Think of Sunglasses As Sunblock For Your Eyes

“Think of sunglasses as sunblock for your eyes,” is an oft-repeated slogan around the New York Eye Cancer Center. While most people tend to think of sunglasses as just a fashion statement, they may actually be a key defense against eye cancer. Sun causes damage to eye tissues just like it does to skin – but since you can’t put sunblock on your eyeballs, you should make sure to wear UV-cancelling sunglasses as well.


Fortunately, other groups are joining in this educational effort.

Last month, Vision Express Stores in Great Britain gave away sunglasses to mark World Retinoblastoma Awareness Week. We applaud this initiative and would encourage similar efforts here in North America.

Ocular melanoma is the most common primary eye tumor in adults. There are around 2,000 new cases every year. These tumors are closely related to skin cancer. Since exposure to the sun is a known risk factor for skin cancer, it follows that UV rays from the sun may also increase the risk of developing this form of eye cancer. There is circumstantial evidence linking exposure to sunlight and ocular melanoma. This form of eye cancer is more common in patients with blue eyes, and who work in outdoor occupations.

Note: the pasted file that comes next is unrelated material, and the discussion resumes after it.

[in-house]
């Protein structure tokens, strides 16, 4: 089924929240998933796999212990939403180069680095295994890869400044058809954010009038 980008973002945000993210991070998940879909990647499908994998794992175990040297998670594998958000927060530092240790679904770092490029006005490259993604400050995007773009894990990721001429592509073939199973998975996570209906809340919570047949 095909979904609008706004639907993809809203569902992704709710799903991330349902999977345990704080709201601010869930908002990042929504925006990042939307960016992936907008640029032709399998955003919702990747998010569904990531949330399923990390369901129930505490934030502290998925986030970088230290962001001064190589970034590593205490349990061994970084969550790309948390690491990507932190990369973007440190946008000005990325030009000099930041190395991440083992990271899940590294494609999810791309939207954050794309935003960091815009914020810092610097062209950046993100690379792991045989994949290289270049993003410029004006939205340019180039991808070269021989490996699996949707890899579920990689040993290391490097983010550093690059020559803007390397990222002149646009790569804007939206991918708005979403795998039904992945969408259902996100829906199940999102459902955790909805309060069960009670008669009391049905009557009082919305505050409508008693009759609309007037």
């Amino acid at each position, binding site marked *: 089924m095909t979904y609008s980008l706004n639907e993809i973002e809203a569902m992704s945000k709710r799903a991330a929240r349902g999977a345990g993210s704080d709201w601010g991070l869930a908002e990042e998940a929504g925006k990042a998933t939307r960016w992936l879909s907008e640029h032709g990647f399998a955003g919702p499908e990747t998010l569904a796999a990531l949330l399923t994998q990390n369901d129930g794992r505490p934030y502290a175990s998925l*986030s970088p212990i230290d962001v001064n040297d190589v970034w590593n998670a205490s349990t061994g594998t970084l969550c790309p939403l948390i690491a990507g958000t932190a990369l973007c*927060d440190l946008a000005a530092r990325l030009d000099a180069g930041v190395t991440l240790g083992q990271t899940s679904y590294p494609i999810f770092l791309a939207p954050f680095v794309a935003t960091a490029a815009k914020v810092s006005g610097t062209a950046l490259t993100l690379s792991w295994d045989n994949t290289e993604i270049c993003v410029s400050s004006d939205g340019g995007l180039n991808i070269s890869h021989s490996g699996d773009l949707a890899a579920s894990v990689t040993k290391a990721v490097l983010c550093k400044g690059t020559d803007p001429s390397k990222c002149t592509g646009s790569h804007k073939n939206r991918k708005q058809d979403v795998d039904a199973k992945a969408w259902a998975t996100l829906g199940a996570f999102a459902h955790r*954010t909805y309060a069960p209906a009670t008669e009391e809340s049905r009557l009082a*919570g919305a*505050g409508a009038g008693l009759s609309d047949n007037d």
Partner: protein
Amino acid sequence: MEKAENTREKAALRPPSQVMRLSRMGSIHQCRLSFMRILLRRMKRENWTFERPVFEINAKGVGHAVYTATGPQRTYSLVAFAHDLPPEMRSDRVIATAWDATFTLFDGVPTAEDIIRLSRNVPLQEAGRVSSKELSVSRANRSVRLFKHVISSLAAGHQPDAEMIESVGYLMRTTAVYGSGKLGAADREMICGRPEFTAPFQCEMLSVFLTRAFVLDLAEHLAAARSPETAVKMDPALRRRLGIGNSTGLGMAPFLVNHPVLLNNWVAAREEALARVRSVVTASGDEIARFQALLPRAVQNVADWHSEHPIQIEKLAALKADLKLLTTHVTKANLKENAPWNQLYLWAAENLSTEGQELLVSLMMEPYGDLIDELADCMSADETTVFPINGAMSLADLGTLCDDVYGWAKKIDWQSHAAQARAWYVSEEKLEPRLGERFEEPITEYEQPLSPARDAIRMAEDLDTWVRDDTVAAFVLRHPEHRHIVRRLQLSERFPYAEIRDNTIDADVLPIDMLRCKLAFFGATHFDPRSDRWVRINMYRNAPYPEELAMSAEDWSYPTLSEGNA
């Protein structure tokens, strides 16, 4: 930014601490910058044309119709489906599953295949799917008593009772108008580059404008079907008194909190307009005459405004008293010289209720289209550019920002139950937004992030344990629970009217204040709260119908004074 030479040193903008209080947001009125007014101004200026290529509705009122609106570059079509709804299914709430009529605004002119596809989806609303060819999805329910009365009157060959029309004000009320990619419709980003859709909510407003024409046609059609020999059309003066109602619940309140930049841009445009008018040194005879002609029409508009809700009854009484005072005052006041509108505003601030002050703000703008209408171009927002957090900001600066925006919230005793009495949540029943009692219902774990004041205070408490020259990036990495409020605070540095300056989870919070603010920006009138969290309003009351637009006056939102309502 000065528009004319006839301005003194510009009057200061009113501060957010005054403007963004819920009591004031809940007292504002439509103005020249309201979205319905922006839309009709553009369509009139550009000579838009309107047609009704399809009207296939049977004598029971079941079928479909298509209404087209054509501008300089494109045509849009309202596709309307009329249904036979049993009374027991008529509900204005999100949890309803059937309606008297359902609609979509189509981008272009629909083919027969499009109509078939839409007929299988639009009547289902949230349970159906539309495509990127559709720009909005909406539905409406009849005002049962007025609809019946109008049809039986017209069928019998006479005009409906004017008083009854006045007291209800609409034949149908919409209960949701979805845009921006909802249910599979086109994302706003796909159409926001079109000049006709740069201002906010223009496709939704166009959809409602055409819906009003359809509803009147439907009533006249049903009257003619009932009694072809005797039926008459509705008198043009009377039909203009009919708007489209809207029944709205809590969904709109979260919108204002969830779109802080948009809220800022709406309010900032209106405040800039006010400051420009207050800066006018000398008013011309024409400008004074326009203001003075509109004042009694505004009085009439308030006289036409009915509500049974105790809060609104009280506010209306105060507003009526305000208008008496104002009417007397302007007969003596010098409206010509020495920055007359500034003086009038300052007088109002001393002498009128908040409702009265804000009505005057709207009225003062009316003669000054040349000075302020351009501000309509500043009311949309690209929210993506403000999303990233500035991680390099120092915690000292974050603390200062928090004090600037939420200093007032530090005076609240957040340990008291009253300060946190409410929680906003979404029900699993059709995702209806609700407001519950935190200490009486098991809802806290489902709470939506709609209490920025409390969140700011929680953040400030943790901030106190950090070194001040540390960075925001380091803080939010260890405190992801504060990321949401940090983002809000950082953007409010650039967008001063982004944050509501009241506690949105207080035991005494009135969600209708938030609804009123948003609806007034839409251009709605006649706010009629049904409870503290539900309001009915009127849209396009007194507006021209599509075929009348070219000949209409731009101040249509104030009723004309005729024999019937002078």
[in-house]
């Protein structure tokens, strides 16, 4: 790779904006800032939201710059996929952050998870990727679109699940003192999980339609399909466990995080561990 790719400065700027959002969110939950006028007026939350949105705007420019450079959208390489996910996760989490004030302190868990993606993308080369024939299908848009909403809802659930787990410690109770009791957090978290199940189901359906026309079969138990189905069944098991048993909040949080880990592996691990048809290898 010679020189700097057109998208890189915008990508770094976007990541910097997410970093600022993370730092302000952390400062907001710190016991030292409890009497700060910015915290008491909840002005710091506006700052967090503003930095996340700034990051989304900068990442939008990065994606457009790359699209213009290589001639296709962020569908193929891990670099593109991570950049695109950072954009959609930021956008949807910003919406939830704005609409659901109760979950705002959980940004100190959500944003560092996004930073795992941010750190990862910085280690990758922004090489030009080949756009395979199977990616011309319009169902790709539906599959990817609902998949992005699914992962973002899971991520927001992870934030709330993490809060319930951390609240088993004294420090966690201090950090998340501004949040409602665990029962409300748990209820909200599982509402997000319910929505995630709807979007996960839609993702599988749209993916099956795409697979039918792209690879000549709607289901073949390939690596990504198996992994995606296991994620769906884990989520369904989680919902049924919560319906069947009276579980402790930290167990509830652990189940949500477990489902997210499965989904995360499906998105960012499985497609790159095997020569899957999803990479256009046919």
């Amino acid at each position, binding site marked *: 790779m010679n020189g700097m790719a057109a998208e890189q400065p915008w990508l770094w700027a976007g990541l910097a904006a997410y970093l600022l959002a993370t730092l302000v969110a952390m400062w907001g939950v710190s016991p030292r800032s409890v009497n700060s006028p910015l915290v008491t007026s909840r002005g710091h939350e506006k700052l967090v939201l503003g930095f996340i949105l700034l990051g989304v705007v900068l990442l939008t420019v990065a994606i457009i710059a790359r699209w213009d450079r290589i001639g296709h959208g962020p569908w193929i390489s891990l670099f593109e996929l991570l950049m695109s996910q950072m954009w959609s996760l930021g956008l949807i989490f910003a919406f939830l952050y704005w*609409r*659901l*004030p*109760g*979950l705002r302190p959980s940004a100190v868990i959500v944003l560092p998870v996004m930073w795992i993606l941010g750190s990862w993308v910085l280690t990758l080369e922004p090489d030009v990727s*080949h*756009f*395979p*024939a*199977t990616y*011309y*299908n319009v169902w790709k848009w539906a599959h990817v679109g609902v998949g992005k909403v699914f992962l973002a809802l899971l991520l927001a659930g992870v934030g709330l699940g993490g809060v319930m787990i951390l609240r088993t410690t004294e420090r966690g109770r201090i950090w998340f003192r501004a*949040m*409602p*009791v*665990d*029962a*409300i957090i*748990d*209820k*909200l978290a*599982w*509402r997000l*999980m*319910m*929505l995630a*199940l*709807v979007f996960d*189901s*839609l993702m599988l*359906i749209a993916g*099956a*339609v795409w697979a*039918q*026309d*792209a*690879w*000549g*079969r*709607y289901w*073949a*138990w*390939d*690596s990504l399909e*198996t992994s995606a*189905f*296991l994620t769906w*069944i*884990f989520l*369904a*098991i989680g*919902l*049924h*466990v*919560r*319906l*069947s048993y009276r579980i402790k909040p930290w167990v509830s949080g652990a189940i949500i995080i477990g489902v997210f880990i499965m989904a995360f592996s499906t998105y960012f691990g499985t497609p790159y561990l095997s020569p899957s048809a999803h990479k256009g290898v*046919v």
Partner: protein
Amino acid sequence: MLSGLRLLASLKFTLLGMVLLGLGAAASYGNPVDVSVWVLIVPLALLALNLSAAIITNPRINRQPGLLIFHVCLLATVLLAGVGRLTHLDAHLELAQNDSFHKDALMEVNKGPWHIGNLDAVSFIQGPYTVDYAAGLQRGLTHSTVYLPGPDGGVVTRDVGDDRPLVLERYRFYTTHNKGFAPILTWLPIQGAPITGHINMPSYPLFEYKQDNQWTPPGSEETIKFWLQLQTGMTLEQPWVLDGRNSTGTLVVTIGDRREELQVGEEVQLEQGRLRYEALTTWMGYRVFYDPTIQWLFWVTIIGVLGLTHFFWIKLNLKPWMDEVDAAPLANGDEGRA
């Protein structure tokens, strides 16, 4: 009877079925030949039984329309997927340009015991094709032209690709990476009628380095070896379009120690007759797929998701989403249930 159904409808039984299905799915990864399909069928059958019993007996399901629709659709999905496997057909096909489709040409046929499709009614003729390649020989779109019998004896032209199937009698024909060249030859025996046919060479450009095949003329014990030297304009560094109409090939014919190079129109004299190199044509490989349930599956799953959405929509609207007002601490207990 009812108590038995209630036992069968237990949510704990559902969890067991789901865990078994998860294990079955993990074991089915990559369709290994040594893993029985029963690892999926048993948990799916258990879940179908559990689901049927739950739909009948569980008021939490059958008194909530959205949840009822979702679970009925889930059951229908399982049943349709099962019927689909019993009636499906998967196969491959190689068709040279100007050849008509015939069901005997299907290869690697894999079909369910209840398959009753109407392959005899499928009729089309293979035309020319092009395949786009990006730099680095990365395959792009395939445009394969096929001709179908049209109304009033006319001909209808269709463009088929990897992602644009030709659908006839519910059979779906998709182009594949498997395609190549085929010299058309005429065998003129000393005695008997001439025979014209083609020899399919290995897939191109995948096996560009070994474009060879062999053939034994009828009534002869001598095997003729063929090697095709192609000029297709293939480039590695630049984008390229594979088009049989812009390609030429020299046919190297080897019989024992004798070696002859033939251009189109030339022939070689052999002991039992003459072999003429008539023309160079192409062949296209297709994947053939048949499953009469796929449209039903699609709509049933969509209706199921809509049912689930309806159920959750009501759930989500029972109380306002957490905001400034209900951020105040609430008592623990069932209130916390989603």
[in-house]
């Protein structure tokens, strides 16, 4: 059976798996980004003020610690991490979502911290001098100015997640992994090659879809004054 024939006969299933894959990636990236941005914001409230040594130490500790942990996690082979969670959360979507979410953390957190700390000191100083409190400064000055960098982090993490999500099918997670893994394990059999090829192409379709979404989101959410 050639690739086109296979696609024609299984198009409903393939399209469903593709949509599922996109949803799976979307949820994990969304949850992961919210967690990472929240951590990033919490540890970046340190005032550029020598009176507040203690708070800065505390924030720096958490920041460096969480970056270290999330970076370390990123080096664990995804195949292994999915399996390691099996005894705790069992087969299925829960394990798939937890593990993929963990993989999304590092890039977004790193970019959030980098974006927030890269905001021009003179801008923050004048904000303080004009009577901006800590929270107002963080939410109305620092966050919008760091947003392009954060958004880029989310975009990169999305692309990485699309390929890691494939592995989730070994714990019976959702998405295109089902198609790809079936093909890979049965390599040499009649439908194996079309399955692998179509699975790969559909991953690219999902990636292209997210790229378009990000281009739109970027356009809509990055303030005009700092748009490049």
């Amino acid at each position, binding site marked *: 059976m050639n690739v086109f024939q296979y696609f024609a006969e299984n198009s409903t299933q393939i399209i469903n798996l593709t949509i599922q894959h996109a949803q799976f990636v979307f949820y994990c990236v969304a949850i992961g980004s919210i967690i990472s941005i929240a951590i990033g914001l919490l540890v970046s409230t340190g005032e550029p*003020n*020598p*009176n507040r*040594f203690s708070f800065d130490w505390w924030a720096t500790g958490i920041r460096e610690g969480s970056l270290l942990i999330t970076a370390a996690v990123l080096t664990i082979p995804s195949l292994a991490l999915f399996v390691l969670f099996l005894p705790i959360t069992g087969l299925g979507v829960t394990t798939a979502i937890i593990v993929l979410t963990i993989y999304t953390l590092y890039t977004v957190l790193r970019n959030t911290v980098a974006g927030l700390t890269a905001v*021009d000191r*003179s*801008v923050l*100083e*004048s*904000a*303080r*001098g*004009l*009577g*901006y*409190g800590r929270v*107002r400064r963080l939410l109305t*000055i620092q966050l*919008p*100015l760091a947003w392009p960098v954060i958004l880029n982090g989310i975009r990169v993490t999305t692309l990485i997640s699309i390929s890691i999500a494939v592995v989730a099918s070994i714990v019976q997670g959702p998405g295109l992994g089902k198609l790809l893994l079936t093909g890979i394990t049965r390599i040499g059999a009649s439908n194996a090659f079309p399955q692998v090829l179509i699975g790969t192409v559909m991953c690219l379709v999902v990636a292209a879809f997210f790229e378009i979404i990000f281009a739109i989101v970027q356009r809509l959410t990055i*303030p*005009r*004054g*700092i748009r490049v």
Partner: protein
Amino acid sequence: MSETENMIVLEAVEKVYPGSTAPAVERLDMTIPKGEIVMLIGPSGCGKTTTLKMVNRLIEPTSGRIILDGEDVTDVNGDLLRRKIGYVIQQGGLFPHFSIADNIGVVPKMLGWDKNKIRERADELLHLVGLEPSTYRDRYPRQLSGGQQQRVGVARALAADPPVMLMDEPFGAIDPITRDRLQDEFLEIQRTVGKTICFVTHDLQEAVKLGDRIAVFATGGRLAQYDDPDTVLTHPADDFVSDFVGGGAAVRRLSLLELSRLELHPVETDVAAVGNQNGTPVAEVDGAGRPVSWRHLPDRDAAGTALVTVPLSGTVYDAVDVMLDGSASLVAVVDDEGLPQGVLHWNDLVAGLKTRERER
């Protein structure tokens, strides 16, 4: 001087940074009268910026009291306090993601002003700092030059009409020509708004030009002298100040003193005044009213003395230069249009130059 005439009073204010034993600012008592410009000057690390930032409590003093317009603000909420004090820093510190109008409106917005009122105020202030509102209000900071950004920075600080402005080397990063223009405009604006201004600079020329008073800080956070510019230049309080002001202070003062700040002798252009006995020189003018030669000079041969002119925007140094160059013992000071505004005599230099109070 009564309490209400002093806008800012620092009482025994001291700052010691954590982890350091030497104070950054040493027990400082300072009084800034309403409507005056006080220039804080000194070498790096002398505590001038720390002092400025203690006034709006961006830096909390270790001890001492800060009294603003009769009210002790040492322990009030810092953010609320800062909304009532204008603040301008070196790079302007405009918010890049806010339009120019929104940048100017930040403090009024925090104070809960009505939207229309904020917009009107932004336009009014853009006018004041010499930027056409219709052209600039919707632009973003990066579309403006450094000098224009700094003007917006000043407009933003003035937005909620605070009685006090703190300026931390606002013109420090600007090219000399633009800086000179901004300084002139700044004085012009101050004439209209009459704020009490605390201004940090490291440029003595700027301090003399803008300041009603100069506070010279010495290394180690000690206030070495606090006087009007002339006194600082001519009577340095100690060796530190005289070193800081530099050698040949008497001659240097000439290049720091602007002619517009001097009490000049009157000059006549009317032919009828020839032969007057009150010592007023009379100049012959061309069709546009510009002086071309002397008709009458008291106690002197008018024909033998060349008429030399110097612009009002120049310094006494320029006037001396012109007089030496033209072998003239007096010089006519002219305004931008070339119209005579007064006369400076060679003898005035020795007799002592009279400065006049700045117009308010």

When any form of light is absorbed by the body, a reaction occurs resulting in heat and chemical changes. Ultraviolet light rays are particularly energetic and cause more chemical reactions in ocular tissues than visible light. This means more potential damage to the eye.

While the link between sunlight and eye melanomas is not conclusively proven, it is worth a small precaution that will make you look like James Dean anyway!

A good pair of sunglasses will block all UVA, UVB, and UVC rays. You want to make sure the glasses provide 100% UV protection. Many optical shop have a machine called a photometer that measures UV transmission through glasses. You want to wear sunglasses that block all UV radiation or light under 400 nm in wavelength.

Buyer beware: Shades that don’t offer this protection – or cheap pairs that fraudulently claim to – may actually increase the risk of eye cancer by allowing more UV light into the eye.

So choose wisely, make that fashion statement, and protect your eyes at the same time.

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